Fam­i­lies mark the hol­i­day with spe­cial ser­vices, egg hunts, live rab­bits

Los Angeles Times - - FRONT PAGE - By Carla Rivera and Abby Sewell carla.rivera@la­times.com abby.sewell@la­times.com

Wor­shipers gather for a non­de­nom­i­na­tional com­mu­nity sun­rise ser­vice in Hunt­ing­ton Beach. Other South­ern Cal­i­for­ni­ans cel­e­brated the day at churches, fes­ti­vals and char­ity events across the re­gion.

South­ern Cal­i­for­nia fam­i­lies came to­gether on Easter Sun­day to cel­e­brate in many ways, in­clud­ing with a tra­di­tional sun­rise ser­vice in Hunt­ing­ton Beach, spe­cial masses at down­town Los An­ge­les’ Cathe­dral of Our Lady of the An­gels and a host of char­ity events.

Arch­bishop Jose H. Gomez presided over a 10 a.m. Mass at the cathe­dral, speak­ing to thou­sands of Ro­man Catholics about the res­ur­rec­tion of Je­sus, say­ing, “We are all united as one fam­ily to­day in shar­ing the joy of Easter.”

He also re­layed a mes­sage from Pope Fran­cis that “Catholics ev­ery­where to­day should pray for peace.”

Thou­sands of peo­ple, mean­while, lined the blocks around down­town’s Grand Hope Park for an an­nual Easter fes­ti­val that fea­tured sack races, face-paint­ing and egg hunts.

All pro­ceeds from the en­trance fee, $10 for fam­i­lies of up to seven peo­ple, would go to pro­vid­ing birth­day par­ties for home­less chil­dren who rarely ex­pe­ri­ence the joys af­forded to other kids, said Kevin Haah, the lead pas­tor of New City Church, which spon­sored the event.

“We want to serve the peo­ple of the city by cre­at­ing a fun, low-cost event and at the same time help raise money for kids in skid row,” Haah said.

The fes­ti­val was ex­pected to at­tract up to 3,000 peo­ple from across the city. Manny Garcia stood at the back of a long line with his son, Hec­tor, 7, for a chance to go down an in­flated slide. Garcia said he hadn’t known that the event would help home­less kids, but that it made him glad he brought his fam­ily. Hec­tor was itch­ing to go down the slide and “then I want some bal­loons and candy,” he said, jump­ing up and down.

A few blocks away on skid row, dozens of vol­un­teers served more than 2,000 peo­ple — most home­less or near-home­less — honeybaked ham, chicken, mac­a­roni salad and red beans and jam­bal­aya, in a block party­like cel­e­bra­tion at the Mid­night Mission, which pro­vides shel­ter and ser­vices to the home­less.

Some fam­i­lies came to pick up Easter bas­kets for their chil­dren or cloth­ing dona­tions. Celebrity guests put in ap­pear­ances, in­clud­ing for­mer Temp­ta­tions singer Louis Price, who took the stage to croon “My Girl” to a rapt au­di­ence.

“It’s some­thing very beau­ti­ful,” said Marta Mon­tero, 29, in Span­ish. Mon­tero, a nanny, brought her five chil­dren, ages 1 to 9, for the cel­e­bra­tion. The kids grinned as they got their pic­tures taken with the Easter Bunny, and then made their way to the back booth to pick up Easter bas­kets.

Ryan Navales, the mission’s manager of gov­ern­ment and public af­fairs, came to the mission through its work ther­apy pro­gram three and a half years ago, af­ter years of ad­dic­tion and off-and-on home­less­ness that had cost him his fam­ily. Events like the Easter gath­er­ing are im­por­tant for peo­ple who have lost ties to their loved ones, Navales said.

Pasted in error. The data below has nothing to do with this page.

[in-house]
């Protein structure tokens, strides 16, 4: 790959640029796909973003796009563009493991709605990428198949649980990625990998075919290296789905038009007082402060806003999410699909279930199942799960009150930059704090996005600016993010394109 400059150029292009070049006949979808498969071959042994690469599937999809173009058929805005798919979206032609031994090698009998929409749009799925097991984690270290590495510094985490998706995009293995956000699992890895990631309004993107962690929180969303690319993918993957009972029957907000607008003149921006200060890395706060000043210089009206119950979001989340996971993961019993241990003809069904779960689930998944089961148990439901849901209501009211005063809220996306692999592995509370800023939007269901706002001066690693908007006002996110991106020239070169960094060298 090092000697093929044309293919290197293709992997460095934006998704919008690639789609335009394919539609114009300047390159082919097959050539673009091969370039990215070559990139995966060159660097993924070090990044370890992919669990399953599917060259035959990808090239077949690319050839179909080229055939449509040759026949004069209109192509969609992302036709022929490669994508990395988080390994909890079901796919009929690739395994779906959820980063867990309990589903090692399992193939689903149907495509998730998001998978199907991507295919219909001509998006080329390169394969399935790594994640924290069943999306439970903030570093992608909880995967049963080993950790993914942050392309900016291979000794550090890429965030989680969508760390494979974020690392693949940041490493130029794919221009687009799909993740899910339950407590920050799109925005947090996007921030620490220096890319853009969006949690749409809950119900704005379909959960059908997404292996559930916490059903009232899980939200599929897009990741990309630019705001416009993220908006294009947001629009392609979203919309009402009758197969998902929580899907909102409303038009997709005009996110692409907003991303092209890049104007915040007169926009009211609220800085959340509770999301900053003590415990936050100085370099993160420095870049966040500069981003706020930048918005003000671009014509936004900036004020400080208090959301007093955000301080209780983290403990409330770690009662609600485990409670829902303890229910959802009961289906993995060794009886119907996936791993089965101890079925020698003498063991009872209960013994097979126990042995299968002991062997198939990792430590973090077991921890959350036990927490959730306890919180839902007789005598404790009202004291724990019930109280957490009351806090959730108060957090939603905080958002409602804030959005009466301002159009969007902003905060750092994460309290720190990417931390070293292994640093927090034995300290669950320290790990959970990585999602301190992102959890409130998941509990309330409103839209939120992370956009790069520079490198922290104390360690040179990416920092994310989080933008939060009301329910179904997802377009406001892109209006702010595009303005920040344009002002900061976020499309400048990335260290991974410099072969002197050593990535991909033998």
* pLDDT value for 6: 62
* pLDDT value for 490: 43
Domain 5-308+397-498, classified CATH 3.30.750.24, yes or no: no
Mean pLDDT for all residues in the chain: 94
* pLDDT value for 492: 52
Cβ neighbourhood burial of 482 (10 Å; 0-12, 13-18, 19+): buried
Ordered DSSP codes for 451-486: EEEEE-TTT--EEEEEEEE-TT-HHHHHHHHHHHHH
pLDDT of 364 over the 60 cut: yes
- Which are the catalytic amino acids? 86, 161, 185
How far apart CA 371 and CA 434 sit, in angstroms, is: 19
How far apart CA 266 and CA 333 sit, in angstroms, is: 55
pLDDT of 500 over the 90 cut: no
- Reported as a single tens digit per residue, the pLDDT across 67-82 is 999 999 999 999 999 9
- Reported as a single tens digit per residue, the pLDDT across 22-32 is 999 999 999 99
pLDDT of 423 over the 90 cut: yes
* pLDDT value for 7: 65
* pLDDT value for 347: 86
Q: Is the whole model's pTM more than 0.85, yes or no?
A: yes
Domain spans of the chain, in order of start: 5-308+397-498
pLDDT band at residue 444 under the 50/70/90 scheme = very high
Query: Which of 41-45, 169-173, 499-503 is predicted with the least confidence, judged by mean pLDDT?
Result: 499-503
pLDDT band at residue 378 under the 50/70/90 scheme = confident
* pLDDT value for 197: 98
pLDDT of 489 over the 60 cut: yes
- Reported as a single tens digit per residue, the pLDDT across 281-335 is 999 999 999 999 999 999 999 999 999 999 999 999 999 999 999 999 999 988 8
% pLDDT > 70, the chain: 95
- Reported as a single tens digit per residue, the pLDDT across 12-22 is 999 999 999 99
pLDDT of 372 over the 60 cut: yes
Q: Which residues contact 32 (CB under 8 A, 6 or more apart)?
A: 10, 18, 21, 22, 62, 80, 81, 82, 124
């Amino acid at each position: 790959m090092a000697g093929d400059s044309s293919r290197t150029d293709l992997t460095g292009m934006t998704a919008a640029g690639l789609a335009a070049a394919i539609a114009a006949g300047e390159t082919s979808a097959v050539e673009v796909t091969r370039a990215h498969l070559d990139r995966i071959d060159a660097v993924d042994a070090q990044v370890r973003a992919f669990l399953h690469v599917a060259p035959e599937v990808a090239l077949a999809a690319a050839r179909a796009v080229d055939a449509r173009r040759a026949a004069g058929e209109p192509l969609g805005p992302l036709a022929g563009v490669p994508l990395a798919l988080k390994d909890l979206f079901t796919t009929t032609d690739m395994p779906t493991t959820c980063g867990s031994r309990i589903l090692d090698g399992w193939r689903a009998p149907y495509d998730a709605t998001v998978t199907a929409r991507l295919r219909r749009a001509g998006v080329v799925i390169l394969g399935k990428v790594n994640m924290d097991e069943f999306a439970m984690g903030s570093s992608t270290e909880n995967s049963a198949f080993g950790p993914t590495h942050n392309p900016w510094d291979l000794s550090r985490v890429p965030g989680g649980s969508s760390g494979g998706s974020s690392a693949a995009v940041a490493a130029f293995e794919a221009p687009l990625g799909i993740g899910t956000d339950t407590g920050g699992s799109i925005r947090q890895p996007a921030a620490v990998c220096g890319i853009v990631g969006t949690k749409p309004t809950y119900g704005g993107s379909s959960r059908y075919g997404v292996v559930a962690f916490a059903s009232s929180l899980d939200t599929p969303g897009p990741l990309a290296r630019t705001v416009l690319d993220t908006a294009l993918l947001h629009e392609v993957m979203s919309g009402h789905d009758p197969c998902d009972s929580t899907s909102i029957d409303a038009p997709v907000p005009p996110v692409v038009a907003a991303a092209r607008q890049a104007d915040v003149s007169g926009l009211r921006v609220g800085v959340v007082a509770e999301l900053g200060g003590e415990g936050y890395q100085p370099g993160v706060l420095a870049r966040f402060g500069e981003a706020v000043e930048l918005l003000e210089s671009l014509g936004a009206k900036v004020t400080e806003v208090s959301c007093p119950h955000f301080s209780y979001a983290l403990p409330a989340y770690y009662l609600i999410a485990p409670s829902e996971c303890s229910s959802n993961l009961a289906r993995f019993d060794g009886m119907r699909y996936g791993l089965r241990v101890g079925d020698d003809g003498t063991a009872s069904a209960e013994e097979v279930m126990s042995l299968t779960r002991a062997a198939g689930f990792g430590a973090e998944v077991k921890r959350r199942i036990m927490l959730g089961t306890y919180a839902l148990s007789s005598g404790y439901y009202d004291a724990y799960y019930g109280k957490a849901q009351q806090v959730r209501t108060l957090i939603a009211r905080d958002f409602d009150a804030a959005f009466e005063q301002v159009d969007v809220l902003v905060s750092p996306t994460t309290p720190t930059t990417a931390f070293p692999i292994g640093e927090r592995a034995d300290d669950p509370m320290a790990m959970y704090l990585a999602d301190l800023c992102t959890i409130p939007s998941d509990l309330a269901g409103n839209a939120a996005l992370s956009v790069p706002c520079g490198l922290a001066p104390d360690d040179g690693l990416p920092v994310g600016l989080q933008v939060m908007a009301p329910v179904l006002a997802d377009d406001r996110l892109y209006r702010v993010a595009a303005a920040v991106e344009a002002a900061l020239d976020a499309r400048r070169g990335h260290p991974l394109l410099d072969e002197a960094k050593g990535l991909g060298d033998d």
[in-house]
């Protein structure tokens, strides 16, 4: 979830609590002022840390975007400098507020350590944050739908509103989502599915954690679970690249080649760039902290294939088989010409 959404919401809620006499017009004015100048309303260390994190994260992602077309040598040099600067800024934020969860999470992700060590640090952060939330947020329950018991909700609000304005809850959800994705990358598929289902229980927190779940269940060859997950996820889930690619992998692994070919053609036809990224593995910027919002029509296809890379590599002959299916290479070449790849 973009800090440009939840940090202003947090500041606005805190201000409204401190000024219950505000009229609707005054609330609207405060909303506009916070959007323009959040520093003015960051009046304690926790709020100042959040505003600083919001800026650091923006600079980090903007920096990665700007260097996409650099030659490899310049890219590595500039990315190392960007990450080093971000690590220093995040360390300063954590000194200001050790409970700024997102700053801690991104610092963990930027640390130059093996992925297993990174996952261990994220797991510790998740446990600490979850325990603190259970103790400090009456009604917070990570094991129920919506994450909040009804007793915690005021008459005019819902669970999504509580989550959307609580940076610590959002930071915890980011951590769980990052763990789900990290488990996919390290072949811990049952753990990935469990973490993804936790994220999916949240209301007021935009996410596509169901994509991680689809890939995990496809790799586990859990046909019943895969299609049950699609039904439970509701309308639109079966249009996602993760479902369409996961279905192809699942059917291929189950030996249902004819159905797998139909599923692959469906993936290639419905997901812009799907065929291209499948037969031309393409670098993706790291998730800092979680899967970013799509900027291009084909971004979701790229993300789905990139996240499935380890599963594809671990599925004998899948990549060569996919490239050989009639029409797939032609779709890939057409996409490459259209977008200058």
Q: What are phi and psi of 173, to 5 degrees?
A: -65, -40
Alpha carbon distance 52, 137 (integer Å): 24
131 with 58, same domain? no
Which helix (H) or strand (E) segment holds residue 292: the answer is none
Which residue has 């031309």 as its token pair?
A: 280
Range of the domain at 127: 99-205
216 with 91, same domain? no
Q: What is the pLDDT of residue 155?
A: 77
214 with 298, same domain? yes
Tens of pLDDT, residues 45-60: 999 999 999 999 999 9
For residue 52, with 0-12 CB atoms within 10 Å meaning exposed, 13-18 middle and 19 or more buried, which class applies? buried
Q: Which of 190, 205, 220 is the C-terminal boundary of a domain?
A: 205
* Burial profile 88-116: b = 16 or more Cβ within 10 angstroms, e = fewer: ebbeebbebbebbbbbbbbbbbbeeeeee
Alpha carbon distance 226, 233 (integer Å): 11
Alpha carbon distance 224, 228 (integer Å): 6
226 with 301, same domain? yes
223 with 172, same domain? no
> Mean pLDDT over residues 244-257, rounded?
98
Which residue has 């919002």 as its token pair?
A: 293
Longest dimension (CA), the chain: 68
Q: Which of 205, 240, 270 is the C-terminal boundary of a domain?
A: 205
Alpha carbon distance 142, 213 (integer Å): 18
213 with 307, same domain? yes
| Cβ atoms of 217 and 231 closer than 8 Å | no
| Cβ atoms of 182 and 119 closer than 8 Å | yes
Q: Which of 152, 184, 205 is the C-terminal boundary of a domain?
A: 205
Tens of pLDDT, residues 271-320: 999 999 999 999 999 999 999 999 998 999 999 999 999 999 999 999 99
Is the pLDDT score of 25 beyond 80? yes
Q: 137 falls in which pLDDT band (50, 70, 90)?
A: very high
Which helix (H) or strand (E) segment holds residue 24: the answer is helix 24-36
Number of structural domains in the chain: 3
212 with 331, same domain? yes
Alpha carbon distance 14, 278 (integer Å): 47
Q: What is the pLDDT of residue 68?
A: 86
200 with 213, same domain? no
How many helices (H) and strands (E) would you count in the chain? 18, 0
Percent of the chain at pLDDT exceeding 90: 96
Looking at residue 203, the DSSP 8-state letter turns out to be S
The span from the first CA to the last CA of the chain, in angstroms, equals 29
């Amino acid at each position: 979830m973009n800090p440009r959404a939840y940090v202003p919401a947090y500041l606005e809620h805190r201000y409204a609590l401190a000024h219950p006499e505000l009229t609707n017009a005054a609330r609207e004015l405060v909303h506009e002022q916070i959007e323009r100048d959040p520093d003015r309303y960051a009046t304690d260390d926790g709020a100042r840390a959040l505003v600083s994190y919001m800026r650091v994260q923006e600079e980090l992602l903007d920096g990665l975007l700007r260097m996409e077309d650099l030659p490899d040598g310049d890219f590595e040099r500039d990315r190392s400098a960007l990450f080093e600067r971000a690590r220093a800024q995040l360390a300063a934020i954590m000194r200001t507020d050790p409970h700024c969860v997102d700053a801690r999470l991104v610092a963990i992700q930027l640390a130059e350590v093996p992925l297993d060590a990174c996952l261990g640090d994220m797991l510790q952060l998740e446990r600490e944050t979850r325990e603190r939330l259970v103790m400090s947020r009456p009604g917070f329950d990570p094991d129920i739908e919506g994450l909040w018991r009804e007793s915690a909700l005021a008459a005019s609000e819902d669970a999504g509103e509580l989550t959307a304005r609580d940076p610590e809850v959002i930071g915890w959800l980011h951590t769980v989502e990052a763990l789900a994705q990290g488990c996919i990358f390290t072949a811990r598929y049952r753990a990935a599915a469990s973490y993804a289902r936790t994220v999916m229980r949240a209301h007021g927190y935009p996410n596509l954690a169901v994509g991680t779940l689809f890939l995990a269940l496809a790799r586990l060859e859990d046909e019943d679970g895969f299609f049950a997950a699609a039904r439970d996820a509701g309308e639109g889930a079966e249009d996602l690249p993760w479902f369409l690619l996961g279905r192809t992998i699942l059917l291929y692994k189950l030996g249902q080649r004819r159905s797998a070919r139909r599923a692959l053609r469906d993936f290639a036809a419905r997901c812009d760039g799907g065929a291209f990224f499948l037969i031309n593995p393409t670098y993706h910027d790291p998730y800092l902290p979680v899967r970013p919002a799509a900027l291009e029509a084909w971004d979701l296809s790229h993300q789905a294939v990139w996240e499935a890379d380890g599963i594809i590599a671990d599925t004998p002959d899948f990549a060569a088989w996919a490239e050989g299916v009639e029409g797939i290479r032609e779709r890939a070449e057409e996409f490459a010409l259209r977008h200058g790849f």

“We cre­ate our own com­mu­nity here for those that don’t have it,” he said.

In Pasadena, hun­dreds of par­ents and chil­dren gath­ered at the Kidspace Chil­dren’s Mu­seum for an an­nual Easter egg hunt and a chance to learn how to do the bunny hop and pet live rab­bits pro­vided by the non­profit Bunny World Foun­da­tion.

Katrina Ar­ciosa brought her son, Thirdy, 3, who had made his own pa­per bunny ears and an or­ange, car­rot­shaped bas­ket to col­lect his eggs.

“I hear some­thing,” Thirdy said, shak­ing a blue plas­tic egg. “It’s candy,” he con­tin­ued, but he was in­tent on wait­ing un­til he got home to open the prizes.

At the bunny pen, Lis­sette Roncagli­olo had brought two of her own rab­bits, Kelly and Valentino, and was help­ing the chil­dren gen­tly feed and pet the an­i­mals. Easter is a par­tic­u­larly haz­ardous time for bun­nies, with the an­i­mals bought as pets and fre­quently aban­doned once they grow and need more care, she said.

“When fam­i­lies re­al­ize they’re a lot of work, they get dumped at the shel­ter or set free, but they’re not ca­pa­ble of sur­viv­ing by them­selves,” said Roncagli­olo, who works with the Bunny World Foun­da­tion.

Se­bas­tianne Jorge, 8, wanted to know how Roncagli­olo could tell which bunny was a boy.

“This is my first time pet­ting a bunny,” Se­bas­tianne said. “It felt weird. But they’re my fa­vorite pet now.”

Christina House For The Times

Luis Sinco Los An­ge­les Times

CHIL­DREN COM­PETE in a sack race dur­ing an an­nual Easter fes­ti­val in down­town Los An­ge­les. Pro­ceeds from the event would go to pro­vid­ing birth­day par­ties for home­less chil­dren, an event or­ga­nizer said.

Christina House For The Times

WOR­SHIPERS GATHER for a non­de­nom­i­na­tional sun­rise ser­vice in Hunt­ing­ton Beach, one of many events to cel­e­brate Easter Sun­day across the South­land.

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